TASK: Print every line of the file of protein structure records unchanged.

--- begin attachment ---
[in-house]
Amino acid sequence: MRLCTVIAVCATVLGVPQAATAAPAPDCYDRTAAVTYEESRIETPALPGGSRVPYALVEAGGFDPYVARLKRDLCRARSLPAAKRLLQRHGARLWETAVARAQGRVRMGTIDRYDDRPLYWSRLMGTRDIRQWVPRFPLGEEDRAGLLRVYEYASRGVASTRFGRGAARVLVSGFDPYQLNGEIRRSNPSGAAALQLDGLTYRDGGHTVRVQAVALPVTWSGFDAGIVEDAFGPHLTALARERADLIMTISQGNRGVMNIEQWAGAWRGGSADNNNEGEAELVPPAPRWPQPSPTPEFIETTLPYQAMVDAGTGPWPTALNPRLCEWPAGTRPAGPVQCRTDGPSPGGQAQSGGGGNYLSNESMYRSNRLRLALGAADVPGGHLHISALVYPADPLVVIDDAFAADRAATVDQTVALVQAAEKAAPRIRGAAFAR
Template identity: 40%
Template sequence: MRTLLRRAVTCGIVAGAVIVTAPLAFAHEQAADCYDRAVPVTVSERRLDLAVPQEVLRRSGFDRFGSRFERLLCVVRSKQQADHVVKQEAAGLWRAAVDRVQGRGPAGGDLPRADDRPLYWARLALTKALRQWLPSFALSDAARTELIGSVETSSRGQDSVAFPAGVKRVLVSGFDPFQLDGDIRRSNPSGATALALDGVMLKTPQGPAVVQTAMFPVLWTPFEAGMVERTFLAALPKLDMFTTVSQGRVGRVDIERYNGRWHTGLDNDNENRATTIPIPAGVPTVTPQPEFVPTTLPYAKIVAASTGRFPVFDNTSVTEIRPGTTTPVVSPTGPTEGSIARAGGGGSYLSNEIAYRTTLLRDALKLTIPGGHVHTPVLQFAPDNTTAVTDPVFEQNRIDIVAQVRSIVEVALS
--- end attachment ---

[in-house]
Amino acid sequence: MRLCTVIAVCATVLGVPQAATAAPAPDCYDRTAAVTYEESRIETPALPGGSRVPYALVEAGGFDPYVARLKRDLCRARSLPAAKRLLQRHGARLWETAVARAQGRVRMGTIDRYDDRPLYWSRLMGTRDIRQWVPRFPLGEEDRAGLLRVYEYASRGVASTRFGRGAARVLVSGFDPYQLNGEIRRSNPSGAAALQLDGLTYRDGGHTVRVQAVALPVTWSGFDAGIVEDAFGPHLTALARERADLIMTISQGNRGVMNIEQWAGAWRGGSADNNNEGEAELVPPAPRWPQPSPTPEFIETTLPYQAMVDAGTGPWPTALNPRLCEWPAGTRPAGPVQCRTDGPSPGGQAQSGGGGNYLSNESMYRSNRLRLALGAADVPGGHLHISALVYPADPLVVIDDAFAADRAATVDQTVALVQAAEKAAPRIRGAAFAR
Template identity: 40%
Template sequence: MRTLLRRAVTCGIVAGAVIVTAPLAFAHEQAADCYDRAVPVTVSERRLDLAVPQEVLRRSGFDRFGSRFERLLCVVRSKQQADHVVKQEAAGLWRAAVDRVQGRGPAGGDLPRADDRPLYWARLALTKALRQWLPSFALSDAARTELIGSVETSSRGQDSVAFPAGVKRVLVSGFDPFQLDGDIRRSNPSGATALALDGVMLKTPQGPAVVQTAMFPVLWTPFEAGMVERTFLAALPKLDMFTTVSQGRVGRVDIERYNGRWHTGLDNDNENRATTIPIPAGVPTVTPQPEFVPTTLPYAKIVAASTGRFPVFDNTSVTEIRPGTTTPVVSPTGPTEGSIARAGGGGSYLSNEIAYRTTLLRDALKLTIPGGHVHTPVLQFAPDNTTAVTDPVFEQNRIDIVAQVRSIVEVALS